Last year in my holiday season posts, I looked back at a decade’s worth of reading and chose what I thought might comprise a small library of essential titles relating to aboriginal art and a similar selection of anthropological works. It was not quite the usual end-of-the-year list; but it belonged to the tradition.
This year I decided to look forward instead of back. I can’t really promise that these will be the best books that I read in 2013, only that, at the moment, I’m looking forward to each of them. I’m sure there will be many more added to the list over the next twelve months, but this is a sample of what’s “on the nightstand” at the moment. (The nightstand must be understood to be metaphorical: curling up in bed with some of these books would be more like curling up with a Great Dane or a St Bernard than, say, a pussycat. On the other hand, I bought some of these books in Kindle editions–perfect for reading in bed.)
Several books on art from the deserts are in the queue. I’m already more than halfway through the enormous Ngurra Kuju Walyja / One Country One People: stories from the Canning Stock Route (Palgrave Macmillan, 2012) and have mined it for a story about some of the videos that were made during the months when the Canning Stock Route Project was in development. This is all the essential documentation that had to be left out of the Yiwarra Kuju catalog and exhibition and it’s a real treasure trove.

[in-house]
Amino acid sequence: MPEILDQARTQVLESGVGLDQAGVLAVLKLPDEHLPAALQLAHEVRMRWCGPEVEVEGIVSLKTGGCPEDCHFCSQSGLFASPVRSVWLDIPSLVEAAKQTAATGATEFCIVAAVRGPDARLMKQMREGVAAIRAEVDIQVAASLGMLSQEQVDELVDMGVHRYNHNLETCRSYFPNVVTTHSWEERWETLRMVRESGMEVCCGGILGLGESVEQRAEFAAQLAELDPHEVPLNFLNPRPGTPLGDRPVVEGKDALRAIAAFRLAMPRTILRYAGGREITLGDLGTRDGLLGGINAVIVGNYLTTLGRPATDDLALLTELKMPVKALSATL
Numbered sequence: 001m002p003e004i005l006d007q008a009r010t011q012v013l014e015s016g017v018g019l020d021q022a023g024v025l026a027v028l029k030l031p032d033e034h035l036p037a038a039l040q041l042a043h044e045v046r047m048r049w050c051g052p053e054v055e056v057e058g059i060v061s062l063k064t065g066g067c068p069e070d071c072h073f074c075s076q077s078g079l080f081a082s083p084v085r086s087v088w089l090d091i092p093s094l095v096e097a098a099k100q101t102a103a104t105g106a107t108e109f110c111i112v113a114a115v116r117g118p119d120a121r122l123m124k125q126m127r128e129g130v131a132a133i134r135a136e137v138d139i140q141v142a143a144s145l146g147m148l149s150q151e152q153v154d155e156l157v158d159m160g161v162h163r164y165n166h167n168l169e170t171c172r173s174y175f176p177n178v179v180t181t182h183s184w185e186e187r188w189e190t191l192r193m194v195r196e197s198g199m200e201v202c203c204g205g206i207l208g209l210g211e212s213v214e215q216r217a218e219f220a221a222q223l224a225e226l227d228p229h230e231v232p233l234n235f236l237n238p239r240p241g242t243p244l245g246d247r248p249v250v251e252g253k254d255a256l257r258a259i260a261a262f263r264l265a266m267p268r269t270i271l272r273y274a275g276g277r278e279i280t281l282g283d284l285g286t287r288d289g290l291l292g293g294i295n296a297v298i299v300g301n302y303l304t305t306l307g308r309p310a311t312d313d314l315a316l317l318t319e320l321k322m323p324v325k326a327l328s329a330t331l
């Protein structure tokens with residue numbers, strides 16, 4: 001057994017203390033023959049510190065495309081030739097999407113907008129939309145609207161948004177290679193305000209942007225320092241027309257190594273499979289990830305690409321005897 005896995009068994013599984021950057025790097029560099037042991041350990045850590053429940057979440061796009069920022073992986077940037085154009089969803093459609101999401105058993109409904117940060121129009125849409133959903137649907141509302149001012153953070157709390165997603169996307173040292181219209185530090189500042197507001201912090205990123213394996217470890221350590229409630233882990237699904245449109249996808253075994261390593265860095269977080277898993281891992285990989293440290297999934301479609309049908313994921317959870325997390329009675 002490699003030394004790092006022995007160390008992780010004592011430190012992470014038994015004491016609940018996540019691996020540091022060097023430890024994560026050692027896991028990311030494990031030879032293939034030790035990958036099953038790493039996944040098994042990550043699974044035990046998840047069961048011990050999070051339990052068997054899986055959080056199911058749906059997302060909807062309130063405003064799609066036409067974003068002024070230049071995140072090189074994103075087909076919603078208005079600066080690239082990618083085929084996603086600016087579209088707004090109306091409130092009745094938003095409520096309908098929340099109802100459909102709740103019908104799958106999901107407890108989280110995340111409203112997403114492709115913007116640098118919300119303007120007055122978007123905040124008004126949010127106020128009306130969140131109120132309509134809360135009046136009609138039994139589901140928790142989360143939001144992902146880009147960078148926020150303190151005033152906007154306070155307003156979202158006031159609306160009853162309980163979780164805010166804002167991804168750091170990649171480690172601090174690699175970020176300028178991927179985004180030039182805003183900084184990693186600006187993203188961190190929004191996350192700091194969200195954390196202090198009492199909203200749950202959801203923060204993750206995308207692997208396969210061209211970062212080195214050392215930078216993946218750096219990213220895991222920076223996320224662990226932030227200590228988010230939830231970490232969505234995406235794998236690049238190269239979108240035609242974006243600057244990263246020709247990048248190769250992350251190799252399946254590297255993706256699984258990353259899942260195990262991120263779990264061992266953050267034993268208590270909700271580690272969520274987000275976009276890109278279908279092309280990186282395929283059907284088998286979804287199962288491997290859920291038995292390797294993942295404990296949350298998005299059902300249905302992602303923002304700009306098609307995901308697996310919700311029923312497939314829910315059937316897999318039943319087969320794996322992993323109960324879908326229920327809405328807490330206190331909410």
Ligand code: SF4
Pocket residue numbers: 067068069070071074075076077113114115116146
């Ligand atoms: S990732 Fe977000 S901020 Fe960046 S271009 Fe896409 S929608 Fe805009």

There were still a couple of days to go until Christmas at the time I wrote this post, but the best present I’d gotten this season has been Unique Perspectives, the catalog of the 40th anniversary exhibition of Papunya Tula Artists that is on at the Araluen Art Centre until April, 2013. Stunning reproductions of dozens of paintings from Alice Springs collections, including Araluen’s own, are followed by brief essays by many of the major players in the history of PTA. My favorite so far has got to be Sarita Quinlivin’s interview with Daphne Williams.
Finally, I’m hoping the someday soon the postman will arrive with my copy of Tjanpi Desert Weavers by Penny Watson (Macmillan, 2012). Maybe it’s taking so long to get here because, according to Amazon’s description, the book weighs in at almost five pounds. It looks to be a bit of social history and a bit of art history, lavishly illustrated. If it’s half as much fun as the sculptures themselves, we’re in for a good time.